Cricket Tacos

Cricket Tacos
Cricket Tacos

I guess I have a thing for crickets. I’ve already written about how my favorite protein bar is cricket based protein. I’ve also experimented with cricket flour in this chia flax pudding recipe. Next up in my obsession is cricket tacos.

Cricket Tacos

I first read this story on The Verge of Next Millennium Farms (Now Entomo Farms), the supplier for Exo, and how there was a Mexican joint next to the factory that sells cricket tacos. When I read that article I knew I had to try it! Well I can’t drive there, since they’re in Canada, so I decided to try to make my own. I contacted Entomo Farms and asked if they could send some crickets my way so I could take a stab at these tacos and they were more than willing.

Tortilla recipe
I used the tortilla recipe on the back of Otto’s Naturals Cassava flour package from Fork & Beans

Now the main issue with creating a Primal/Paleo taco is creating a good tortilla. Flour tortillas are a no go. Non-GMO corn tortillas aren’t the worst thing for you but corn isn’t Paleo. Lettuce shells just sound gross with crickets. I contemplated these cauliflower tortillas which I’ve made before and they were great. But then I started seeing people using cassava flour all over Instagram and I saw this recipe for cassava flour tortillas and I was in love! They looked so real and tasty. So I was set – cassava flour tortillas it was. Otto’s Naturals Cassava flour you say? Check out the FAQ from their site:

Cassava (also known as Yuca) is a root vegetable grown in over 90 countries. Cassava is a staple food for half a billion people across Africa, Asia, and Latin America. It is the perfect alternative to wheat flour when dried and ground using our proprietary method. It is totally unique from the traditionally milled cassava flours on the market.

Cassava Flour

Cricket tacos aren’t a new idea necessarily. In Oaxaca, Mexico chapuline (grasshopper) tacos are a thing and eaten all the time. So this whole idea isn’t something too foreign or weird necessarily. It’s actually a really good protein alternative for tacos. There’s almost twice as much protein in crickets than ground beef and crickets are packed with omega 3s. I’m surprised cricket tacos aren’t touted in every Paleo blog out there!

Close up

What I wanted to do with this recipe was make a super simple taco: Tortilla, protein, diced onions, avocado, cilantro and cheese if you do dairy.

Cassava Flour
Otto’s Naturals Cassava flour

Flour before kneaded

Tortilla dough ready to be pressed

Press it flat
Pressed flat (I didn’t use a tortilla press)

Cook until bubbling
Cook until bubbling (1 minute)

Continue cooking
Flip and continue cooking

Whole roasted crickets
Whole roasted crickets

Close up
Ready to eat straight from the package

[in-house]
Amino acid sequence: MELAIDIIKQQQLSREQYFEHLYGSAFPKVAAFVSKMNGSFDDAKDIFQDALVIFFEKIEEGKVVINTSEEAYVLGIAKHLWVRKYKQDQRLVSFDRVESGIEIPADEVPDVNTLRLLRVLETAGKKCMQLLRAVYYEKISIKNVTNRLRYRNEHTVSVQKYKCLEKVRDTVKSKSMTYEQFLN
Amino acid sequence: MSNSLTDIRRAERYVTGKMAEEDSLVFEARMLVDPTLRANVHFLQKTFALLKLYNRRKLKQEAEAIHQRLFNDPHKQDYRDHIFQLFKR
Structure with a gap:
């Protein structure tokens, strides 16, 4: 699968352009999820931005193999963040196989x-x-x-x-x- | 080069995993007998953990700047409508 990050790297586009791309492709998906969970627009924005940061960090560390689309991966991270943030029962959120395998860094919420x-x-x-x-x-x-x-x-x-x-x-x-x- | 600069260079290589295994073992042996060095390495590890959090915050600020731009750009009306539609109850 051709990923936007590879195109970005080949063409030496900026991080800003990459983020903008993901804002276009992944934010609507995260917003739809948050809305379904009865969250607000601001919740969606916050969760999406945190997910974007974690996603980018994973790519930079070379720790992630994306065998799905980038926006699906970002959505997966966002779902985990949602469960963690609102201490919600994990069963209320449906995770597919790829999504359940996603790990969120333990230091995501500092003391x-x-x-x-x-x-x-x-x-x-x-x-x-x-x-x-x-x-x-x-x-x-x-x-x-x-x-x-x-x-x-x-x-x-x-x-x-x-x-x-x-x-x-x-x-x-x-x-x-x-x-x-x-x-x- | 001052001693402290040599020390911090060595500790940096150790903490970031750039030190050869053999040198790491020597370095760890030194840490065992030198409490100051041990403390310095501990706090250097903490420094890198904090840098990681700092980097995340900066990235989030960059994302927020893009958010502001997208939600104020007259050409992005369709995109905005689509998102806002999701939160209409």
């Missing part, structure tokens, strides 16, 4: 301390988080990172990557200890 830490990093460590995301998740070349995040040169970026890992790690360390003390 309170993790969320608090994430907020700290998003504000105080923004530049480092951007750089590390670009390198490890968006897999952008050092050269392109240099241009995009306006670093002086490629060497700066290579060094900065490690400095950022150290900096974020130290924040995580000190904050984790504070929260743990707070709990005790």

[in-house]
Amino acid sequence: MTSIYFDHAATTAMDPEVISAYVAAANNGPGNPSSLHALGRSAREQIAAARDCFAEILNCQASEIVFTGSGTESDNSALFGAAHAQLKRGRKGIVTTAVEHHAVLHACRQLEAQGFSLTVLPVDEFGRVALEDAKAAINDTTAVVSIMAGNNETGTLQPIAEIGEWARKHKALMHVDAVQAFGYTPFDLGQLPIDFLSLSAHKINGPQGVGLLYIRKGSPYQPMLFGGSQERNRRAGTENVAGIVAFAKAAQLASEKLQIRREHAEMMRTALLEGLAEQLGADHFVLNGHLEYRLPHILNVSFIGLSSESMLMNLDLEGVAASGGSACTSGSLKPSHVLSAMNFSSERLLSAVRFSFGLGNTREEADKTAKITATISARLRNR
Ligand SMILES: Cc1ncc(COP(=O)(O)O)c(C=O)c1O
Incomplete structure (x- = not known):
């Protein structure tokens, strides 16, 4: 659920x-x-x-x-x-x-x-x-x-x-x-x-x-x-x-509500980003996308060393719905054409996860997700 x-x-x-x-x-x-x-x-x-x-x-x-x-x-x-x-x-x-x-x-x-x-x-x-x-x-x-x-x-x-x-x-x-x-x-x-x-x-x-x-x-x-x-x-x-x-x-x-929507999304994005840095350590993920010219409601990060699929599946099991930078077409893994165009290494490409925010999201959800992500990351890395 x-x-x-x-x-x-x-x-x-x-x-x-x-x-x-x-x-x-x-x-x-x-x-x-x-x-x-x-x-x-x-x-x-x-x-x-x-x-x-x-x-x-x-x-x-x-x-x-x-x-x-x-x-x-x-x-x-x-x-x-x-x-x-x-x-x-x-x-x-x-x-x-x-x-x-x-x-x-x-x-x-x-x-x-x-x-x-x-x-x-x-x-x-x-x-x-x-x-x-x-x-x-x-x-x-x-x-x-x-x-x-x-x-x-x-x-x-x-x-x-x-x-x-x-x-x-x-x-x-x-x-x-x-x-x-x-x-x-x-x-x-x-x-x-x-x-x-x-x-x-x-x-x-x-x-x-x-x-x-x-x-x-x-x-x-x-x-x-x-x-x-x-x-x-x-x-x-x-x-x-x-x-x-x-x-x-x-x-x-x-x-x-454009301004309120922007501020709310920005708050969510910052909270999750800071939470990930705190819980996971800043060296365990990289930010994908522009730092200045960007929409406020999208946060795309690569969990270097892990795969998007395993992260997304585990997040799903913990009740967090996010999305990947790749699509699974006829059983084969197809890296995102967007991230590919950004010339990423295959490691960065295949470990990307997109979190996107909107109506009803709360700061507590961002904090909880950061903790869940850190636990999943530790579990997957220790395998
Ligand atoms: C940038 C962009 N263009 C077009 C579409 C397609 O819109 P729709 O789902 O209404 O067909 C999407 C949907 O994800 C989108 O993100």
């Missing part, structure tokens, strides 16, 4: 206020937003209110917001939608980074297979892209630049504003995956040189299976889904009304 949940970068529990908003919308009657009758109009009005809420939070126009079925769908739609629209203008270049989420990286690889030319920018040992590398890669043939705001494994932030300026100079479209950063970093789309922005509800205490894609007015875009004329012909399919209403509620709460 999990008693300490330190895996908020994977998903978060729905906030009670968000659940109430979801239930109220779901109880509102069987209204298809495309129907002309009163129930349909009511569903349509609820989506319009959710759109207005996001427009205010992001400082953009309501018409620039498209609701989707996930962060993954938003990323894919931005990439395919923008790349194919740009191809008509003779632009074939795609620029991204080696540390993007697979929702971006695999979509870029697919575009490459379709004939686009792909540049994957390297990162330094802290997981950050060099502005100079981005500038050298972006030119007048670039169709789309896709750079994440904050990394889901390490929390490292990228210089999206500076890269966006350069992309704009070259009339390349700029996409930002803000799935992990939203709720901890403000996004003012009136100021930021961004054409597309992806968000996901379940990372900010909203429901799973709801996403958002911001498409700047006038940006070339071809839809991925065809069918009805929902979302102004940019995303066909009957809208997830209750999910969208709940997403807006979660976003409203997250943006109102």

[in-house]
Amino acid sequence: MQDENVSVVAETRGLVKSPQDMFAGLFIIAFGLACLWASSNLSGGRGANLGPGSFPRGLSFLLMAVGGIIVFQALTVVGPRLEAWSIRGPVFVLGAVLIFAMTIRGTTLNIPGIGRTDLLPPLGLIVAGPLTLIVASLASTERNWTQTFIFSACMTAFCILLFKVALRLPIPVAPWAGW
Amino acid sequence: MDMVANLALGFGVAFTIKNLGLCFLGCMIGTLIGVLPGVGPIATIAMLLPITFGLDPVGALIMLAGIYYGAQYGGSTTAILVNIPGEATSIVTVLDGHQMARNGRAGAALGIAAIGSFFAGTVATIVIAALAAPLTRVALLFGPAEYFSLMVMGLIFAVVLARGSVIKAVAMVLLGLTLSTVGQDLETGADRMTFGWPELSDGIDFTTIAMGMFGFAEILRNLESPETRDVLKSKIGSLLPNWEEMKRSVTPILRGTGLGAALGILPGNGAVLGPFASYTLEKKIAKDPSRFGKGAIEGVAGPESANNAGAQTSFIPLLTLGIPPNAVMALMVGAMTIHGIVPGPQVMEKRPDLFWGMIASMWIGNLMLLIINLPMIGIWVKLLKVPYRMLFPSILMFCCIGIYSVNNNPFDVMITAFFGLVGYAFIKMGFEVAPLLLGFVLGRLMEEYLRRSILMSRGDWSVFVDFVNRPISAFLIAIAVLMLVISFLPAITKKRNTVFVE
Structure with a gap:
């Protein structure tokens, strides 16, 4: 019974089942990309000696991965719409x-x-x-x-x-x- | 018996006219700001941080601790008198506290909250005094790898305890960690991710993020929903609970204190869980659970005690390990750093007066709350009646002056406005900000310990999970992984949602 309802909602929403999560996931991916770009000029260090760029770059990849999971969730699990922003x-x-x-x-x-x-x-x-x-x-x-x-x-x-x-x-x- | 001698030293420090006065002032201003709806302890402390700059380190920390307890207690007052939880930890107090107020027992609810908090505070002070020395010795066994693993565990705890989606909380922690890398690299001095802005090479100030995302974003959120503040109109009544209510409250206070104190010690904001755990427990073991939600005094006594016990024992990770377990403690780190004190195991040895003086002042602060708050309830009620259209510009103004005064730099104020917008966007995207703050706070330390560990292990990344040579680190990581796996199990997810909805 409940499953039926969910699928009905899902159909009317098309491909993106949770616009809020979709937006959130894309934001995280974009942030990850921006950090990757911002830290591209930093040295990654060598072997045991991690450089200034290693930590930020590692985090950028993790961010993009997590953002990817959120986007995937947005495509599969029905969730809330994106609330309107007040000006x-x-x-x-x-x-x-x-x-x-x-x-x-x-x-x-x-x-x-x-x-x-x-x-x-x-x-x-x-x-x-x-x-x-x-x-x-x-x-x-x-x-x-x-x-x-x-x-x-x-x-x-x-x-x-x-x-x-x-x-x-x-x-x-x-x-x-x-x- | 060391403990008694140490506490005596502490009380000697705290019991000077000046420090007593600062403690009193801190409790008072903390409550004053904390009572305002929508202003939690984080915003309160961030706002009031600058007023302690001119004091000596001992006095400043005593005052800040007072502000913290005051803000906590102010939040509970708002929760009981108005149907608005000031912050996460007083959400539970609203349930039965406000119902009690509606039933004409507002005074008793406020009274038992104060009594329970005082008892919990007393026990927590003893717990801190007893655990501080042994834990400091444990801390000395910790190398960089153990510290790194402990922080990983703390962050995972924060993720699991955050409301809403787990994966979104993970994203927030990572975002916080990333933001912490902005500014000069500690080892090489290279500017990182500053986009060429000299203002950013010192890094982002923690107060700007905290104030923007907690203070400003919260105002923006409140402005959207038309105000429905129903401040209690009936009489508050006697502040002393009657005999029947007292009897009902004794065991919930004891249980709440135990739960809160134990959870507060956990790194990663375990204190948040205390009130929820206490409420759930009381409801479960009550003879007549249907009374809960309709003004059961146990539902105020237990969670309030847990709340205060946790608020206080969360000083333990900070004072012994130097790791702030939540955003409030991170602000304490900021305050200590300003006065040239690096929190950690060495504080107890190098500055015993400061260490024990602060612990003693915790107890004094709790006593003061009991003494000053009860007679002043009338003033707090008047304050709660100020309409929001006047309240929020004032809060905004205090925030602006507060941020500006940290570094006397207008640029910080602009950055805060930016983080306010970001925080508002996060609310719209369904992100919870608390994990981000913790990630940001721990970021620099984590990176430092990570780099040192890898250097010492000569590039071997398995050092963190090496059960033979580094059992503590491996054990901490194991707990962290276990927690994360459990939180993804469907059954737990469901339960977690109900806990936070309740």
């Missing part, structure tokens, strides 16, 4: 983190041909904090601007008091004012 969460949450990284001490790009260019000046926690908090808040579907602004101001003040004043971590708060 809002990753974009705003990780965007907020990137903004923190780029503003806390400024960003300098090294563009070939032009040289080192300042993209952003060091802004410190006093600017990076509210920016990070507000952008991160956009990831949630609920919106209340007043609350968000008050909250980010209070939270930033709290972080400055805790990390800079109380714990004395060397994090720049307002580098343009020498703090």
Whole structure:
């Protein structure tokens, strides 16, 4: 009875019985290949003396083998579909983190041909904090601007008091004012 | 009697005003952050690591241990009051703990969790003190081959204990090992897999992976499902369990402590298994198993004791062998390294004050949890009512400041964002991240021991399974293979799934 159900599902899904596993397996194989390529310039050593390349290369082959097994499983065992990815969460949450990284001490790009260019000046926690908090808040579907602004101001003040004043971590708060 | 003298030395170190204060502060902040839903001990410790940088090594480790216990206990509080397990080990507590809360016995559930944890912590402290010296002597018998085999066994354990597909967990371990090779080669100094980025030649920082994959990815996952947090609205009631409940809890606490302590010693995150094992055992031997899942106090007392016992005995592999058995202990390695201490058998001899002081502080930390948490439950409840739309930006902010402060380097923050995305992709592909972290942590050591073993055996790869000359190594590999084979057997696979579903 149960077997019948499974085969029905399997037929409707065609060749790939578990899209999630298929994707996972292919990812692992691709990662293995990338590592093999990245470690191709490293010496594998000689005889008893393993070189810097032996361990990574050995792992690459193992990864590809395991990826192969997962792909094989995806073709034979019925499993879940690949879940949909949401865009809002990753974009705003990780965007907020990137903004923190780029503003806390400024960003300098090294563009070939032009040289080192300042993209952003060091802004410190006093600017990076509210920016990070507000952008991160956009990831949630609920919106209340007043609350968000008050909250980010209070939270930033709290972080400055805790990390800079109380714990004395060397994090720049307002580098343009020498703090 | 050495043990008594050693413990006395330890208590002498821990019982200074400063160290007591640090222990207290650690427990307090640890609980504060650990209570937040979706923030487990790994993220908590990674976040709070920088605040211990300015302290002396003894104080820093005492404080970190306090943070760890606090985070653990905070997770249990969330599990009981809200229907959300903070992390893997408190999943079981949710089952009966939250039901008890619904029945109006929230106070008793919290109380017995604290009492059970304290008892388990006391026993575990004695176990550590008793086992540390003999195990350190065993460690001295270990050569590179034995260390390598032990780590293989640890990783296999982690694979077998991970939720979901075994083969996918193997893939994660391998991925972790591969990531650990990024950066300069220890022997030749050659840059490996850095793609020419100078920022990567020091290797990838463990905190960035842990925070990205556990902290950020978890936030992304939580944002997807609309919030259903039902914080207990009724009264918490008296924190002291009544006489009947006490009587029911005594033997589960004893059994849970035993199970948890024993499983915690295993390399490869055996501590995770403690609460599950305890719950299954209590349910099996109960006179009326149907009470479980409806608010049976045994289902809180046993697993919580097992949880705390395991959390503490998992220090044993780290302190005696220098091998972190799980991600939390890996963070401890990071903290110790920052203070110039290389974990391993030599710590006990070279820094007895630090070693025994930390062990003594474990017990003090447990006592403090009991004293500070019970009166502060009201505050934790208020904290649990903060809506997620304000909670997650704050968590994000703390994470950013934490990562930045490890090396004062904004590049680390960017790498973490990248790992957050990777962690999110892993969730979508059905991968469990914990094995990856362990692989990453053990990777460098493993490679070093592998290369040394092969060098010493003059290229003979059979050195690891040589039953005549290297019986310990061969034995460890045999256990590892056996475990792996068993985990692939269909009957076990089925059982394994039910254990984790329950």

Assemble your ingredients
Get all your ingredients ready to go


Cricket Tacos
  1. Tortilla:
  2. 3/4 c. (90g) Otto’s Naturals Cassava flour
  3. 1/4 tsp. Sea salt
  4. 2 Tbsp. Olive oil
  5. 1/3 c. (80g) warm water
  6. Fillings:
  7. Crickets
  8. Diced white onion
  9. Avocado
  10. Cilantro
  11. Queso Fresco or Monterrey Jack (optional)
  12. Chipotle Tabasco (optional)
  1. I used the tortilla instructions printed on the back of Otto’s Naturals Cassava flour package. The recipe is from Fork & Beans

  2. To make the tortilla, whisk together the flour and salt. Then add the oil and warm water and knead dough until it’s smooth. Then roll into 6 balls.

  3. To make the tortilla flat use a tortilla press or press between two pieces of parchment paper. Try to get as thin as possible. Then heat a non-stick skillet over medium heat. Once the skillet is warm, place the tortilla on the skillet and warm for about 1 minute until bubbles form then flip and cook for another minute. Now you’re tortillas are ready to go.

  4. Once the tortillas are ready to go, now all you have to do is dice the onion and cilantro. Cut the avocado and bust out the queso fresco or Monterey Jack.

  5. To prepare the crickets you can use them straight out of the Entomo Farm bag or lightly warm them on a skillet. They’re already roasted technically. I suggest trying them without seasoning first. Then next time you can experiment with a dusting of traditional taco style seasoning. I like The Domestic Man’s taco seasoning recipe here.

  6. Now assemble your tacos and enjoy!

That's So Primal

10 Primal Things to do This Summer

10 Primal Things to do This Summer

Summer is upon us. Hopefully you’re enjoying it and taking the time to enjoy your family and getting out in the sun. But for those of you having some trouble trying to break away from the routine and really get into the spirit of summer – I’ve compiled a list of 10 primal things to do this summer. Some of them may seem pretty simple and obvious but if you take the time to do them I guarantee you’ll build some fun memories and you’ll get out in the sun and hopefully unwind a bit.

1. Go Swimming

Pretty obvious one right here but you should make some time to dip in a pool or go to the beach. Whether you have a pool or your family has a pool or you go to the public pool. Try to just get wet and cool off and have fun with the kids or turn it into a workout. Mark Sisson wrote a timely post last week about the importance of swimming. Swimming is my preferred “moving” workout as I go about three times a week to a public pool near my work. I love it. You should try it too.

2. Camp in Your Backyard

If you have kids they’ll love doing this one, but even if you don’t have kids this can still be something fun to do. Plan it for a night that isn’t too hot and just pitch a tent in your backyard or try to find a state park. You can use this as an excuse to just chill outside and cook some good food over a fire and maybe play some card games near the campfire at night. Even if you missed the Great American Campout – you can still camp in your backyard anytime!

3. Take Your Kids to a Splash Pad